Saturday, 16 July 2011

Sign of the Times

Note: I typed this up soon after the following events occurred. I resisted posting it because, scanning it over made for gloomy reading. But I’ve decided to post it after all – ‘cos life is like that.

Yesterday was a Friday like any other. Well, at least it started out like any other. My children and I walked to school, we passed through the office to say good morning to the ladies who work there, we stopped for a brief chat – nothing unusual.

But then two of the Year 6 boys in my class came in, slightly out of breath, red in the face, obviously they’d been running pretty hard. ”Some boys tried to take our stuff”, they panted.

A colleague and I took a short run/walk to see what we could see, but nothing, no-one in sight. We came back, the boys seemed ok and, coupled with the fact that we live in London (which can sometimes be an ugly place to live), thought nothing more of it.

Until the secretary came to see me. “The police are downstairs. Can you go out in a squad car with them to try and find these other lads?”

Without going into every detail, I spent the next 20 minutes slowly trawling the streets of our slightly grubby part of town, up, down, into this estate, out of that one, left, right, up, down before, over the radio came, “we’ve got them, they’re outside TK Maxx”.

At a guess, I’d say we were about three quarters of a mile away from “TK”, but, with blue lights flashing and sirens wailing – coupled with driving very very quickly on the wrong side of the road – it took less than two minutes to arrive at “the scene”, the drive was bloody terrifying, seriously.

Yes, they'd got all four of them (four against two – bullies, nothing else), yes they carted them off, yes, “our” two boys were shaken and yes, off to the station we went for them to make a statement with the very casually dressed detective. I sat with one of them while he did so (got to have an adult present, don’ cha know?) and, just behind the interviewing detective’s chair, was a basket of toys, all a bit grubby, I guess through heavy use.

The thing that made me think though (getting to the point of all this), was that the toys were suitable for toddlers and very young children. I drifted off, thinking how unfair it is.

My own children go to a nice state school with caring and dedicated staff, in freshly cleaned and pressed clothes, with their water bottles in their school bags, labelled with their names and it’s all ……. nice.

Some kids don’t have nice clothes, or a nice school. Some kids don’t have bottles and bags with their names on. Some kids sit and play in police stations while their parents / uncles / aunts / relatives / guardians sit giving statements to casually dressed detectives. Perhaps some of them are the children of victims but we were told that the room we were in, was usually used for those accused of crime but, due to them being particularly busy, it was being used for our purpose, the victim.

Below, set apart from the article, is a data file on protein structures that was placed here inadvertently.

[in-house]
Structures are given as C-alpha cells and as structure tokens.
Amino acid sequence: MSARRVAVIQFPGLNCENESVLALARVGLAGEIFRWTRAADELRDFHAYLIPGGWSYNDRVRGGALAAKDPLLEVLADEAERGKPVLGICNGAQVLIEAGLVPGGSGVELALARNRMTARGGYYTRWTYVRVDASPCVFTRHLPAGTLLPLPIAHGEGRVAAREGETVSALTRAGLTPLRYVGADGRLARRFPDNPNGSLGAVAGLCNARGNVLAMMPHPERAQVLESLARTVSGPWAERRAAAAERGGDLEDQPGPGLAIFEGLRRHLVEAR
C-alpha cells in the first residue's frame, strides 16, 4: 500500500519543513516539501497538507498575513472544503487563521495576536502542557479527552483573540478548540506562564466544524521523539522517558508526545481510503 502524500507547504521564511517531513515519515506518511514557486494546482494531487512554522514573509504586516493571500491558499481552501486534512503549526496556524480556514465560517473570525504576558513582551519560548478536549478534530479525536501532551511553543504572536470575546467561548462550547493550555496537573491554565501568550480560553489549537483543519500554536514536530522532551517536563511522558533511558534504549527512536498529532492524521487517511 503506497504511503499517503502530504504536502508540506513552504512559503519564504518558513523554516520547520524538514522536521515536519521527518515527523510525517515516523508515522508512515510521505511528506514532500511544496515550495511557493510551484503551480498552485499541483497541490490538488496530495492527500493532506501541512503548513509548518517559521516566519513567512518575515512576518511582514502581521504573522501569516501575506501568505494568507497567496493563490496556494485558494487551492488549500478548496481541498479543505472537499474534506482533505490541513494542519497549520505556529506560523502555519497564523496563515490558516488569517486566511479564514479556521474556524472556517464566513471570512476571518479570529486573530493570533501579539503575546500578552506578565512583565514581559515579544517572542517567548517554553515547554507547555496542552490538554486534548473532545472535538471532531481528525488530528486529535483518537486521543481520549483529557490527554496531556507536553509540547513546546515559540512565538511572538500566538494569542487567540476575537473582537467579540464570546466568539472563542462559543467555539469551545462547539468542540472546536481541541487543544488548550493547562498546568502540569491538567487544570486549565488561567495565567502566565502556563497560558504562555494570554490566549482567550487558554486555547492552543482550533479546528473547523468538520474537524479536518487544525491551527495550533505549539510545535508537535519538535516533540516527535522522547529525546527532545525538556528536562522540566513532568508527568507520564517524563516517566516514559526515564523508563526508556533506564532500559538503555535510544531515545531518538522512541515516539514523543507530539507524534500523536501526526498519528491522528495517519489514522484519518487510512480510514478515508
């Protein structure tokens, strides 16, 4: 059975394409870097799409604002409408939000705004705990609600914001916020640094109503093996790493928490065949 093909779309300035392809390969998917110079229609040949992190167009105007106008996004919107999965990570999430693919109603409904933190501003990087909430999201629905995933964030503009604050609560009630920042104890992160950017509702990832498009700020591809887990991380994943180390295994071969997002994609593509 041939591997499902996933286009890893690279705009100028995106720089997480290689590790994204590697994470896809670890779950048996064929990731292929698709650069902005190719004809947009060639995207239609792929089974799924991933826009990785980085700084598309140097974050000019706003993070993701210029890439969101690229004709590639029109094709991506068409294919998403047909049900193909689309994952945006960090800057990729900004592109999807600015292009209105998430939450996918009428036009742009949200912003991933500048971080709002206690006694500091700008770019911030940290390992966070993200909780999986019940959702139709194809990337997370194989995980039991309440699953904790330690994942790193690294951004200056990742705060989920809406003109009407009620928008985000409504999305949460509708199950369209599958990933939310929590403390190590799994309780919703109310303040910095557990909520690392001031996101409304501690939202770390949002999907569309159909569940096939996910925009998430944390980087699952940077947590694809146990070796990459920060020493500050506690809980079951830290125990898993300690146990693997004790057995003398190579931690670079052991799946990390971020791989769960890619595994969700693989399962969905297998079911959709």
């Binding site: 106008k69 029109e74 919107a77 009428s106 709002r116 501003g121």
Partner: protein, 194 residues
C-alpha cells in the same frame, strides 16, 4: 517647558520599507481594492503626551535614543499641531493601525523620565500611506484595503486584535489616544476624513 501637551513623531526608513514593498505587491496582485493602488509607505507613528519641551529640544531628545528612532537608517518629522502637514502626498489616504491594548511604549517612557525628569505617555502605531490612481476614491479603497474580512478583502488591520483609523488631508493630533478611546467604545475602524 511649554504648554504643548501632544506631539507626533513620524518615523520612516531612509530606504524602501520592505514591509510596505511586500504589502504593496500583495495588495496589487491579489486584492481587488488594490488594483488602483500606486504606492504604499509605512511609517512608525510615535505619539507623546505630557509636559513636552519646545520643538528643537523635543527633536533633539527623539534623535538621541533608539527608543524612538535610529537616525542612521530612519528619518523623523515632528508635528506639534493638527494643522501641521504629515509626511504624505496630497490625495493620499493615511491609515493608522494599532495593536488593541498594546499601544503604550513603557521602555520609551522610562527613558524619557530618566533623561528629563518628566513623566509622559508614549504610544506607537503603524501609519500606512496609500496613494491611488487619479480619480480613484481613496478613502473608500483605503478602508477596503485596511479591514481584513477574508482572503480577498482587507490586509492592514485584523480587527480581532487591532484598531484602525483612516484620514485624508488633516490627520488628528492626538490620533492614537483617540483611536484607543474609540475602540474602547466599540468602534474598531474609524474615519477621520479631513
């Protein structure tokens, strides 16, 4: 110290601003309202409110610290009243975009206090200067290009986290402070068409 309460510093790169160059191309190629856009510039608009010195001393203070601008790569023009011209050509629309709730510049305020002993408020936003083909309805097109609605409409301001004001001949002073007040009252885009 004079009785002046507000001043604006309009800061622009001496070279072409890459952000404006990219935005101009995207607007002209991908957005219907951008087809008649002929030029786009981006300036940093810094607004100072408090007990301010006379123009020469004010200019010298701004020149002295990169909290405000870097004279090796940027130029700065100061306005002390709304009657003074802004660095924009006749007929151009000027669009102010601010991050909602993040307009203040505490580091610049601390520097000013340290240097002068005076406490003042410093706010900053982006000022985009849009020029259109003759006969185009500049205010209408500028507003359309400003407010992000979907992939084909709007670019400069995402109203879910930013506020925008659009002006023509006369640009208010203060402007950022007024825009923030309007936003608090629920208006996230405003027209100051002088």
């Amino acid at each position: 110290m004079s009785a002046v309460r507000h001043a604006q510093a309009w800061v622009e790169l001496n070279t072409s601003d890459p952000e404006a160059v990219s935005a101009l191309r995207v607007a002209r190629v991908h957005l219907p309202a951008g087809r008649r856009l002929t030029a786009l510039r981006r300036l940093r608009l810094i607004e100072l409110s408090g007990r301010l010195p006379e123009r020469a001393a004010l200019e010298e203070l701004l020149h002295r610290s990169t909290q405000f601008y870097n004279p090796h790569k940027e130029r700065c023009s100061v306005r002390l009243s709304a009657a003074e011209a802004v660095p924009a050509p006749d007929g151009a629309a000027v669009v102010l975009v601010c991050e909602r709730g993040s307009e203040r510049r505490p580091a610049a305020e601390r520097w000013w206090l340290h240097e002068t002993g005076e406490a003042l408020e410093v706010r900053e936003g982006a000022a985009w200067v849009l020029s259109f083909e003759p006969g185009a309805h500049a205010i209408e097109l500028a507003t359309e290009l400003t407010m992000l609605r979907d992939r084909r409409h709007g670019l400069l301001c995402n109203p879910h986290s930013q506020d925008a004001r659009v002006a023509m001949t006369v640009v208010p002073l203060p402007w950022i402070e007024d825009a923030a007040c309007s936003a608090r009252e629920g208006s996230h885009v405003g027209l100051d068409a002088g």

Sat there in that small office listening to the finer details, I was thinking about the ones who are the children of perpetrators of crime. I know it’s easy to judge, sat here typing in our spare room that doubles as an office and a study, but I couldn’t help but picture a 2 or 3 or 4 year old toddler, playing happily on the floor of an interview room, while Mum / Dad / whoever, sits three feet away, denying having stabbed someone, denies stealing that car, denies having broken that person’s house, looking for their jewellery stash.

As is usually the case, we all know that crime happens all day, every day, but until it happens on your own doorstep, it’s easy to think that everything’s rosy.

Addendum: over the next few days, I spoke with the mothers of the two boys involved. One of them, a confident speaker and person in general, had, according to Mum, become a bit withdrawn, a bit quiet, and apparently nervous when seeing other groups of boys near where they live. The withdrawn bit was noticeable in the classroom too. The other lad, who had been walking to school by himself in preparation for secondary school, had requested Dad start walking with him again, not wanting to leave the house by himself.

What a rotten shame.

Set back years by the actions of a few others who, for whatever reason, felt it ok to rough up and demand personal items from the two of them. I know we’re supposed to feel pity for those who commit crime, but it ain’t always easy.

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